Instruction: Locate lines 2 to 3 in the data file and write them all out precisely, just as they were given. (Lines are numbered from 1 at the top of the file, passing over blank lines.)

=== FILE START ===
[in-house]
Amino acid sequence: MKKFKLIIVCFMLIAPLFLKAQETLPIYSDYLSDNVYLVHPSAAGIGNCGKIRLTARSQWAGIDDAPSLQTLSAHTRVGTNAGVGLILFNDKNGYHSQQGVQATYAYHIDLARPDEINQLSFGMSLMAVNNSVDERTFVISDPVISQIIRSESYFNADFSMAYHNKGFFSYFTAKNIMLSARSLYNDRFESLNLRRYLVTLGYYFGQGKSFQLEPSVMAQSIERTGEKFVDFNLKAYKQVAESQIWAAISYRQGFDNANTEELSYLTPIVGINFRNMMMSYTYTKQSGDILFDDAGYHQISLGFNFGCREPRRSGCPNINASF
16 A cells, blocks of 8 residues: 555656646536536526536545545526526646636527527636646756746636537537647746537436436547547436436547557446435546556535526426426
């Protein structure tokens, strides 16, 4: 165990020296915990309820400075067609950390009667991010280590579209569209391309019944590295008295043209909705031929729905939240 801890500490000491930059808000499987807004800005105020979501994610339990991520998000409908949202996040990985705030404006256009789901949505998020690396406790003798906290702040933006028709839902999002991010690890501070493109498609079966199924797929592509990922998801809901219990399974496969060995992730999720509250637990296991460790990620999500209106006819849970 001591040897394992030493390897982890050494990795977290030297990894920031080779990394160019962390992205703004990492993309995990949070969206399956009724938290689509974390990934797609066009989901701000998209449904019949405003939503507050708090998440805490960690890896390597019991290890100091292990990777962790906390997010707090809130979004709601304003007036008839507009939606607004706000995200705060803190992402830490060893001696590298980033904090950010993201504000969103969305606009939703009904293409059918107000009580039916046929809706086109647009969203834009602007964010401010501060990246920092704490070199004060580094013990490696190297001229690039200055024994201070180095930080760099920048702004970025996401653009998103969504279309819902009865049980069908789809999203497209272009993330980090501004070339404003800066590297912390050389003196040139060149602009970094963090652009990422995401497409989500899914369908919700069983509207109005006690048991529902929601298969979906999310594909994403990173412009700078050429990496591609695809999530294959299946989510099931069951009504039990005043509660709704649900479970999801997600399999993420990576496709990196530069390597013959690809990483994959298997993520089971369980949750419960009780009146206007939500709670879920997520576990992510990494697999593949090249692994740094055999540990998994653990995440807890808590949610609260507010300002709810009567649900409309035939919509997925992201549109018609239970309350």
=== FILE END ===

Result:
Amino acid sequence: MKKFKLIIVCFMLIAPLFLKAQETLPIYSDYLSDNVYLVHPSAAGIGNCGKIRLTARSQWAGIDDAPSLQTLSAHTRVGTNAGVGLILFNDKNGYHSQQGVQATYAYHIDLARPDEINQLSFGMSLMAVNNSVDERTFVISDPVISQIIRSESYFNADFSMAYHNKGFFSYFTAKNIMLSARSLYNDRFESLNLRRYLVTLGYYFGQGKSFQLEPSVMAQSIERTGEKFVDFNLKAYKQVAESQIWAAISYRQGFDNANTEELSYLTPIVGINFRNMMMSYTYTKQSGDILFDDAGYHQISLGFNFGCREPRRSGCPNINASF
16 A cells, blocks of 8 residues: 555656646536536526536545545526526646636527527636646756746636537537647746537436436547547436436547557446435546556535526426426